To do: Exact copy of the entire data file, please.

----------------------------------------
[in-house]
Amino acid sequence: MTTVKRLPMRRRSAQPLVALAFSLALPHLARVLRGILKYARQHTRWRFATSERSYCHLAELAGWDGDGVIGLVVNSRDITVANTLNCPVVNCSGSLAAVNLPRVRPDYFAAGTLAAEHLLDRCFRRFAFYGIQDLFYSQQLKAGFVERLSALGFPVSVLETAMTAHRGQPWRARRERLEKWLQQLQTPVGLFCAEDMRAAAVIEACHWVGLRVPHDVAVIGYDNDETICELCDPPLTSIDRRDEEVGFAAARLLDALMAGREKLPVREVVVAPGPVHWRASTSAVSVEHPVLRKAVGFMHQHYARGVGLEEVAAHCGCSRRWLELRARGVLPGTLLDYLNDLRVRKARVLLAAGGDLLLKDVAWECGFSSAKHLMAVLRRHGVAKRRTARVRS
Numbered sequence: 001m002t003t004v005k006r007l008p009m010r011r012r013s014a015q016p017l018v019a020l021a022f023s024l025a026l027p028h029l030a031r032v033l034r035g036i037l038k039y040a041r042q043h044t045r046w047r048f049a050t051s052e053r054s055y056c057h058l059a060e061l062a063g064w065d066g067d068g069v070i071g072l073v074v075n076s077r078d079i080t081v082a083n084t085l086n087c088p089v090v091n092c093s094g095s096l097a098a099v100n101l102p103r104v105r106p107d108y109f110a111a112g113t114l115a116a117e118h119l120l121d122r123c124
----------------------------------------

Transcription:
[in-house]
Amino acid sequence: MTTVKRLPMRRRSAQPLVALAFSLALPHLARVLRGILKYARQHTRWRFATSERSYCHLAELAGWDGDGVIGLVVNSRDITVANTLNCPVVNCSGSLAAVNLPRVRPDYFAAGTLAAEHLLDRCFRRFAFYGIQDLFYSQQLKAGFVERLSALGFPVSVLETAMTAHRGQPWRARRERLEKWLQQLQTPVGLFCAEDMRAAAVIEACHWVGLRVPHDVAVIGYDNDETICELCDPPLTSIDRRDEEVGFAAARLLDALMAGREKLPVREVVVAPGPVHWRASTSAVSVEHPVLRKAVGFMHQHYARGVGLEEVAAHCGCSRRWLELRARGVLPGTLLDYLNDLRVRKARVLLAAGGDLLLKDVAWECGFSSAKHLMAVLRRHGVAKRRTARVRS
Numbered sequence: 001m002t003t004v005k006r007l008p009m010r011r012r013s014a015q016p017l018v019a020l021a022f023s024l025a026l027p028h029l030a031r032v033l034r035g036i037l038k039y040a041r042q043h044t045r046w047r048f049a050t051s052e053r054s055y056c057h058l059a060e061l062a063g064w065d066g067d068g069v070i071g072l073v074v075n076s077r078d079i080t081v082a083n084t085l086n087c088p089v090v091n092c093s094g095s096l097a098a099v100n101l102p103r104v105r106p107d108y109f110a111a112g113t114l115a116a117e118h119l120l121d122r123c124